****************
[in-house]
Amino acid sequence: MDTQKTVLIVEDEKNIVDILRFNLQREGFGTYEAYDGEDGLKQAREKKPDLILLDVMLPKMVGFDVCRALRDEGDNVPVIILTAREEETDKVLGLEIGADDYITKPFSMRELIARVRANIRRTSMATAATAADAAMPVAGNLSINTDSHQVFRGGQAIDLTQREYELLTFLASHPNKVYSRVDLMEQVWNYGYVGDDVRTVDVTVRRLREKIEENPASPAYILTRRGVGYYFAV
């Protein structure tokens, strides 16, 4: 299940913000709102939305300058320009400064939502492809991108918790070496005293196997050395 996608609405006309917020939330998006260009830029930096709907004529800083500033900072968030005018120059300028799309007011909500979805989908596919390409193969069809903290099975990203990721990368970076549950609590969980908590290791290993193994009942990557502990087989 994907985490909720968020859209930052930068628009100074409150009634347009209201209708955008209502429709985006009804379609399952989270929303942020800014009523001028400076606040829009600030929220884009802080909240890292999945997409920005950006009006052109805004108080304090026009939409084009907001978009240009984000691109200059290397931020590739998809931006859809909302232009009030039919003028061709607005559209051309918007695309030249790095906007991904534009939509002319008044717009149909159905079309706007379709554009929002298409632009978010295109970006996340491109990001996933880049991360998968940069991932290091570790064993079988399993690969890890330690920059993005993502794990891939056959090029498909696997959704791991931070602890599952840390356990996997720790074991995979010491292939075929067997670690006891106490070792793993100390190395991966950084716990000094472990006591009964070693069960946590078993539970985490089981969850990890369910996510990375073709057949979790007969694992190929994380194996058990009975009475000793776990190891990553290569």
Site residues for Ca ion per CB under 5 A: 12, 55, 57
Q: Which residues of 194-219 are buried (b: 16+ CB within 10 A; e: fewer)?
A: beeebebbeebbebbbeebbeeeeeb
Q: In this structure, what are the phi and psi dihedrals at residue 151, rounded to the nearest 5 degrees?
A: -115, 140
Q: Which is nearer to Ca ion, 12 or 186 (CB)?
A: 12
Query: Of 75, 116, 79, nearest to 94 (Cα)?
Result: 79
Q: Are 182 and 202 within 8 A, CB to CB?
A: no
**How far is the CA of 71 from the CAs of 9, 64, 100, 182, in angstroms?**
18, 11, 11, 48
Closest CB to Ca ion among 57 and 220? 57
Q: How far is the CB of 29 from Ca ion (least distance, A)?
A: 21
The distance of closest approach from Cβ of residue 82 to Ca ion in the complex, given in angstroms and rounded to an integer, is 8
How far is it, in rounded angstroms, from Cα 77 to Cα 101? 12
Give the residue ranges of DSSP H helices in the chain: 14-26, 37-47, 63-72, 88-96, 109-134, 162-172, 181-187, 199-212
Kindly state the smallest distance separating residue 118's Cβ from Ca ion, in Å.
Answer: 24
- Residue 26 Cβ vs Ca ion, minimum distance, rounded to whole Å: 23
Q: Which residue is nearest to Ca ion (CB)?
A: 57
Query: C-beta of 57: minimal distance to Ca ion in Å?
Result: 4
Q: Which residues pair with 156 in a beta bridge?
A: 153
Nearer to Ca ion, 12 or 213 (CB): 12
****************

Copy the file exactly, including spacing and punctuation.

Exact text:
[in-house]
Amino acid sequence: MDTQKTVLIVEDEKNIVDILRFNLQREGFGTYEAYDGEDGLKQAREKKPDLILLDVMLPKMVGFDVCRALRDEGDNVPVIILTAREEETDKVLGLEIGADDYITKPFSMRELIARVRANIRRTSMATAATAADAAMPVAGNLSINTDSHQVFRGGQAIDLTQREYELLTFLASHPNKVYSRVDLMEQVWNYGYVGDDVRTVDVTVRRLREKIEENPASPAYILTRRGVGYYFAV
């Protein structure tokens, strides 16, 4: 299940913000709102939305300058320009400064939502492809991108918790070496005293196997050395 996608609405006309917020939330998006260009830029930096709907004529800083500033900072968030005018120059300028799309007011909500979805989908596919390409193969069809903290099975990203990721990368970076549950609590969980908590290791290993193994009942990557502990087989 994907985490909720968020859209930052930068628009100074409150009634347009209201209708955008209502429709985006009804379609399952989270929303942020800014009523001028400076606040829009600030929220884009802080909240890292999945997409920005950006009006052109805004108080304090026009939409084009907001978009240009984000691109200059290397931020590739998809931006859809909302232009009030039919003028061709607005559209051309918007695309030249790095906007991904534009939509002319008044717009149909159905079309706007379709554009929002298409632009978010295109970006996340491109990001996933880049991360998968940069991932290091570790064993079988399993690969890890330690920059993005993502794990891939056959090029498909696997959704791991931070602890599952840390356990996997720790074991995979010491292939075929067997670690006891106490070792793993100390190395991966950084716990000094472990006591009964070693069960946590078993539970985490089981969850990890369910996510990375073709057949979790007969694992190929994380194996058990009975009475000793776990190891990553290569």
Site residues for Ca ion per CB under 5 A: 12, 55, 57
Q: Which residues of 194-219 are buried (b: 16+ CB within 10 A; e: fewer)?
A: beeebebbeebbebbbeebbeeeeeb
Q: In this structure, what are the phi and psi dihedrals at residue 151, rounded to the nearest 5 degrees?
A: -115, 140
Q: Which is nearer to Ca ion, 12 or 186 (CB)?
A: 12
Query: Of 75, 116, 79, nearest to 94 (Cα)?
Result: 79
Q: Are 182 and 202 within 8 A, CB to CB?
A: no
**How far is the CA of 71 from the CAs of 9, 64, 100, 182, in angstroms?**
18, 11, 11, 48
Closest CB to Ca ion among 57 and 220? 57
Q: How far is the CB of 29 from Ca ion (least distance, A)?
A: 21
The distance of closest approach from Cβ of residue 82 to Ca ion in the complex, given in angstroms and rounded to an integer, is 8
How far is it, in rounded angstroms, from Cα 77 to Cα 101? 12
Give the residue ranges of DSSP H helices in the chain: 14-26, 37-47, 63-72, 88-96, 109-134, 162-172, 181-187, 199-212
Kindly state the smallest distance separating residue 118's Cβ from Ca ion, in Å.
Answer: 24
- Residue 26 Cβ vs Ca ion, minimum distance, rounded to whole Å: 23
Q: Which residue is nearest to Ca ion (CB)?
A: 57
Query: C-beta of 57: minimal distance to Ca ion in Å?
Result: 4
Q: Which residues pair with 156 in a beta bridge?
A: 153
Nearer to Ca ion, 12 or 213 (CB): 12